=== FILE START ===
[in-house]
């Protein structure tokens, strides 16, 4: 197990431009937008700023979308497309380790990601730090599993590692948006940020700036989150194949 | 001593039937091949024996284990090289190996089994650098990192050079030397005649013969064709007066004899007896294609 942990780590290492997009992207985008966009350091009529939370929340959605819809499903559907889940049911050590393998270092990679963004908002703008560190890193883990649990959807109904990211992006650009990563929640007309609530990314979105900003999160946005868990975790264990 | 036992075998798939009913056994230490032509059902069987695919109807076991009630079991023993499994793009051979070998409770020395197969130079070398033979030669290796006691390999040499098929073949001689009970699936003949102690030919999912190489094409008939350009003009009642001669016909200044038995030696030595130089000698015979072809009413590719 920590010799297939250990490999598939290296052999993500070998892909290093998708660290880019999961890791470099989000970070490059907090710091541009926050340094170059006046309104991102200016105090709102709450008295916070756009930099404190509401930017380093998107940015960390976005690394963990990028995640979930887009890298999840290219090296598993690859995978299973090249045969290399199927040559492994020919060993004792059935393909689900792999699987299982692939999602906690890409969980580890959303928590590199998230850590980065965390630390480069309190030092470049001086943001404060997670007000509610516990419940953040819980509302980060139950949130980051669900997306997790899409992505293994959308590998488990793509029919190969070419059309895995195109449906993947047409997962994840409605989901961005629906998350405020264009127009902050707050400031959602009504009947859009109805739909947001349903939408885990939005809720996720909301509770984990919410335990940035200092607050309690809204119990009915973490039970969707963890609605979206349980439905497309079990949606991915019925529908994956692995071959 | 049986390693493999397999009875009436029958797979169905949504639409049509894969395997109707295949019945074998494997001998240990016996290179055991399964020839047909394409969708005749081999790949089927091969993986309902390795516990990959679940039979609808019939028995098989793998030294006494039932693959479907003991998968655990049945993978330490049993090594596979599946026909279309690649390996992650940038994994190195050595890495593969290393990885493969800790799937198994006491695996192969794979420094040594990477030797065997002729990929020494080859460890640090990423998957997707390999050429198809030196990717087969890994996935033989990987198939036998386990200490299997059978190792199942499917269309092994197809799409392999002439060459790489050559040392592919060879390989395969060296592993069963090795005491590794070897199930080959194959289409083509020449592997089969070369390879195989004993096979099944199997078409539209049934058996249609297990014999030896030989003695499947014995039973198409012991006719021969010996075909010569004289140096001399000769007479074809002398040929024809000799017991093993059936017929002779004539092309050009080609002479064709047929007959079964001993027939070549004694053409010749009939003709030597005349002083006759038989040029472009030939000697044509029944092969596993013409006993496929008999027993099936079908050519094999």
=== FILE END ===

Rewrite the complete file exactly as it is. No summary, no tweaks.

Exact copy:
[in-house]
């Protein structure tokens, strides 16, 4: 197990431009937008700023979308497309380790990601730090599993590692948006940020700036989150194949 | 001593039937091949024996284990090289190996089994650098990192050079030397005649013969064709007066004899007896294609 942990780590290492997009992207985008966009350091009529939370929340959605819809499903559907889940049911050590393998270092990679963004908002703008560190890193883990649990959807109904990211992006650009990563929640007309609530990314979105900003999160946005868990975790264990 | 036992075998798939009913056994230490032509059902069987695919109807076991009630079991023993499994793009051979070998409770020395197969130079070398033979030669290796006691390999040499098929073949001689009970699936003949102690030919999912190489094409008939350009003009009642001669016909200044038995030696030595130089000698015979072809009413590719 920590010799297939250990490999598939290296052999993500070998892909290093998708660290880019999961890791470099989000970070490059907090710091541009926050340094170059006046309104991102200016105090709102709450008295916070756009930099404190509401930017380093998107940015960390976005690394963990990028995640979930887009890298999840290219090296598993690859995978299973090249045969290399199927040559492994020919060993004792059935393909689900792999699987299982692939999602906690890409969980580890959303928590590199998230850590980065965390630390480069309190030092470049001086943001404060997670007000509610516990419940953040819980509302980060139950949130980051669900997306997790899409992505293994959308590998488990793509029919190969070419059309895995195109449906993947047409997962994840409605989901961005629906998350405020264009127009902050707050400031959602009504009947859009109805739909947001349903939408885990939005809720996720909301509770984990919410335990940035200092607050309690809204119990009915973490039970969707963890609605979206349980439905497309079990949606991915019925529908994956692995071959 | 049986390693493999397999009875009436029958797979169905949504639409049509894969395997109707295949019945074998494997001998240990016996290179055991399964020839047909394409969708005749081999790949089927091969993986309902390795516990990959679940039979609808019939028995098989793998030294006494039932693959479907003991998968655990049945993978330490049993090594596979599946026909279309690649390996992650940038994994190195050595890495593969290393990885493969800790799937198994006491695996192969794979420094040594990477030797065997002729990929020494080859460890640090990423998957997707390999050429198809030196990717087969890994996935033989990987198939036998386990200490299997059978190792199942499917269309092994197809799409392999002439060459790489050559040392592919060879390989395969060296592993069963090795005491590794070897199930080959194959289409083509020449592997089969070369390879195989004993096979099944199997078409539209049934058996249609297990014999030896030989003695499947014995039973198409012991006719021969010996075909010569004289140096001399000769007479074809002398040929024809000799017991093993059936017929002779004539092309050009080609002479064709047929007959079964001993027939070549004694053409010749009939003709030597005349002083006759038989040029472009030939000697044509029944092969596993013409006993496929008999027993099936079908050519094999």